Out-Law News | 07 Jan 2020 | 9:24 am | 1 min. read
The precise form that the notification must take has still to be clarified, but the DIFC confirmed that financial service providers regulated by the Dubai Financial Services Authority (DFSA) are among the businesses that will be subject to the notification requirement. The obligation will also apply to non-regulated businesses, which includes branch operators in the DIFC whose businesses might be submitting similar ESR notifications in other jurisdictions.
The notifications are to be made to the DIFC’s Registrar of Companies, and the Registrar is to act as the supervisory authority in relation to compliance with the ESRs within the DIFC.
ESRs have been introduced across the globe in countries with no or nominal corporate tax rates in order to comply with international initiatives to combat harmful tax practices. ESRs were introduced in the UAE in April 2019. Introducing them has ensured that the UAE has been removed from an international blacklist of non-cooperative countries for tax purposes. In essence the new rules require certain legal entities established in those countries to demonstrate that they carry out substantial economic activities there.
Any entity licensed in the UAE to carry out a 'relevant activity' whether onshore or in a free zone and including in a financial free zone, is required to comply with the economic substance rules. The 'relevant activities' are: insurance; banking; lease financing; investment fund management; shipping; holding company; intellectual property; company headquarters, and distribution and service centres.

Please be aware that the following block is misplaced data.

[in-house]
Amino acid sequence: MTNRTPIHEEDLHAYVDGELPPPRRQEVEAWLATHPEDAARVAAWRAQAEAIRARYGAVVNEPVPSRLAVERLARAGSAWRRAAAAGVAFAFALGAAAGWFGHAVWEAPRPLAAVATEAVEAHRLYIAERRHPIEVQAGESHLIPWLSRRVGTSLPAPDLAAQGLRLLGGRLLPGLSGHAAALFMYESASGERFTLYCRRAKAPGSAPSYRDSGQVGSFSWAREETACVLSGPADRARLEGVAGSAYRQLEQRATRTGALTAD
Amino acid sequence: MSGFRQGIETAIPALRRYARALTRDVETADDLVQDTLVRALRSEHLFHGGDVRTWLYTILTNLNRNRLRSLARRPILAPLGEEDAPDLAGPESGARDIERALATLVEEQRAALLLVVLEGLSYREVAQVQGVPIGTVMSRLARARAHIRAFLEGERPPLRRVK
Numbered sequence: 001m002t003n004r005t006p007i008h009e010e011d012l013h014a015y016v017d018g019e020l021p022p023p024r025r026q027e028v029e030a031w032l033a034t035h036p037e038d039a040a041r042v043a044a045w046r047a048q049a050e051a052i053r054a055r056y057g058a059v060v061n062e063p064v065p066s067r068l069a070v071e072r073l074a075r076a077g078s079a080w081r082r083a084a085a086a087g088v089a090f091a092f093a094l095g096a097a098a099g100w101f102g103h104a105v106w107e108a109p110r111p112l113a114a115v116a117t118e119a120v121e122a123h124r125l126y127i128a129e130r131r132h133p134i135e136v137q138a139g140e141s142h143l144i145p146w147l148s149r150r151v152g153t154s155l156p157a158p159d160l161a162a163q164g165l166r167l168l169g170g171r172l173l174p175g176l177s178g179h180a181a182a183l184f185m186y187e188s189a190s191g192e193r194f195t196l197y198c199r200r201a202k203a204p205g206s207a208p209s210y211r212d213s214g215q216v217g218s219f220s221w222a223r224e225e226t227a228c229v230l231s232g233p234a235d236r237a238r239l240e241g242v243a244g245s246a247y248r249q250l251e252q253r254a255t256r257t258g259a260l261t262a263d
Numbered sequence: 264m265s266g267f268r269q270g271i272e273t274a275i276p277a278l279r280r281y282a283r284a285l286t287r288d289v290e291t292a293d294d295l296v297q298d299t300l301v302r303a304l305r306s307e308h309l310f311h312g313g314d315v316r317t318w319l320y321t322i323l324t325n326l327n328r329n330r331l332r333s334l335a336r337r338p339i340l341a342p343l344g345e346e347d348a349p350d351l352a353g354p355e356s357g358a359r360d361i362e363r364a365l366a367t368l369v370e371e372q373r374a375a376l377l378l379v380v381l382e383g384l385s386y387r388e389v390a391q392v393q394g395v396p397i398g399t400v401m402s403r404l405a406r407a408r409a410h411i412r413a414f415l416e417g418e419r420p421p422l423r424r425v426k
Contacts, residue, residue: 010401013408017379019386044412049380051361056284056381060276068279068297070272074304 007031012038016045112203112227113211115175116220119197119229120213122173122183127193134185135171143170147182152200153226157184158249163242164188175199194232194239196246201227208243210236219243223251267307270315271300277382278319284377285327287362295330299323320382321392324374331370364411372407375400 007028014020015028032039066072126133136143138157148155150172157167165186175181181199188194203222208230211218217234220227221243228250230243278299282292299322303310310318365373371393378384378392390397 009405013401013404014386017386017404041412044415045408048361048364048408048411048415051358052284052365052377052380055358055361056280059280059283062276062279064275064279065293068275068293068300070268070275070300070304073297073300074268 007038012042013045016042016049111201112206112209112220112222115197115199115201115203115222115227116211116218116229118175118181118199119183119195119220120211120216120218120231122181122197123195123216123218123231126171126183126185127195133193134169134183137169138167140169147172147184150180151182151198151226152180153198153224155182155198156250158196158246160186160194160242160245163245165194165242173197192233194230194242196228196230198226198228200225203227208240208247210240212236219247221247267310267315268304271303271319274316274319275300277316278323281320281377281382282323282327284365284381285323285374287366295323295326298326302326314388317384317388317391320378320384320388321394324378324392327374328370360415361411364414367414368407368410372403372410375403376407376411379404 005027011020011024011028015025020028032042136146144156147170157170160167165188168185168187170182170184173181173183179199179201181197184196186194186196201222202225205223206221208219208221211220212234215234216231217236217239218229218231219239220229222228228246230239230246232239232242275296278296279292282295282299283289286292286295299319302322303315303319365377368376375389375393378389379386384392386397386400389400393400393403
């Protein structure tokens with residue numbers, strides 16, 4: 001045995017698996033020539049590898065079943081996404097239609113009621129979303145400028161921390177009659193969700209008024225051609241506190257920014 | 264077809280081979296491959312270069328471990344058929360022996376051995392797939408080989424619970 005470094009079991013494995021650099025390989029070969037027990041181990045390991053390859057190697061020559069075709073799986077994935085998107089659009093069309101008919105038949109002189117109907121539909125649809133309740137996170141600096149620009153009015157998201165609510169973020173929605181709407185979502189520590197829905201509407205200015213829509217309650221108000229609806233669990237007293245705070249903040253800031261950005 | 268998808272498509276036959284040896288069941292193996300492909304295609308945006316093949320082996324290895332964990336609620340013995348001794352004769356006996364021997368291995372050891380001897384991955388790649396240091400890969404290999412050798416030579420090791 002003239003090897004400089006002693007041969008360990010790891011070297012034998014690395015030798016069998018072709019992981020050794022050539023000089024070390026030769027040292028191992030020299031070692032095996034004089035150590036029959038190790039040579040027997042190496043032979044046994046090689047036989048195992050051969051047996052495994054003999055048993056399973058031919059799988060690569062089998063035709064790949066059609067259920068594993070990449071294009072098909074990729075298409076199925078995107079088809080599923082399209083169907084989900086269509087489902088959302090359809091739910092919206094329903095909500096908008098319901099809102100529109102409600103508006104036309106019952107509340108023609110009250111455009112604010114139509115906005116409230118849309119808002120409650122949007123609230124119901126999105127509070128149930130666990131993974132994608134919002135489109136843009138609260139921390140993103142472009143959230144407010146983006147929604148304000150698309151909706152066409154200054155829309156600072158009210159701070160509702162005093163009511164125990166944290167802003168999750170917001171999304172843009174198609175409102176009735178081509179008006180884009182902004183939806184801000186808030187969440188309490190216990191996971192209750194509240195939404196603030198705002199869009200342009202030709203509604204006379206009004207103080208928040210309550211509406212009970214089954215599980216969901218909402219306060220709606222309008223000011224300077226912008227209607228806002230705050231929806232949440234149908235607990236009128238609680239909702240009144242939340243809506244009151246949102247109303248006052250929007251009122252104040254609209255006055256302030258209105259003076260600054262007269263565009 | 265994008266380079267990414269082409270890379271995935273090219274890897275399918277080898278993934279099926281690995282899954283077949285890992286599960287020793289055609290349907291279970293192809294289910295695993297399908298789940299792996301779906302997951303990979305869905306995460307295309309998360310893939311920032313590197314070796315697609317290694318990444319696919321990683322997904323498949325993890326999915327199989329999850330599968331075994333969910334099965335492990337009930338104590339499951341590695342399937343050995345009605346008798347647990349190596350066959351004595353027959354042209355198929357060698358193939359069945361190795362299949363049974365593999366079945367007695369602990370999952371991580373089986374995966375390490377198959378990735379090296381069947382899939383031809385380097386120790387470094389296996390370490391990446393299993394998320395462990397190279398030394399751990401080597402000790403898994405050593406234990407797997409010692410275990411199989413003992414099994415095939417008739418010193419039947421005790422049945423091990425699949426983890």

Although the new rules took effect in the UAE in April 2019, there has been uncertainty over the steps businesses need to take to comply. In October 2019, the Ministry of Finance in the UAE published guidance on the ESRs and the regulatory authorities responsible for administering the rules were appointed. However, there has been a continued lack of clarity over how the rules apply within the DIFC.
Financial services expert Tom Bicknell of Pinsent Masons, the law firm behind Out-Law, said: "Whilst the DIFC has taken steps to provide firms based in the financial freezone with more clarity, significant areas of uncertainty and concern remain. DIFC-based firms are nonetheless advised to take note of the 31 March 2020 deadline and where necessary seek advice now to assess whether or not they are undertaking a 'relevant activity' for the purposes of the economic substance rules."
29 Oct 2019
29 Oct 2019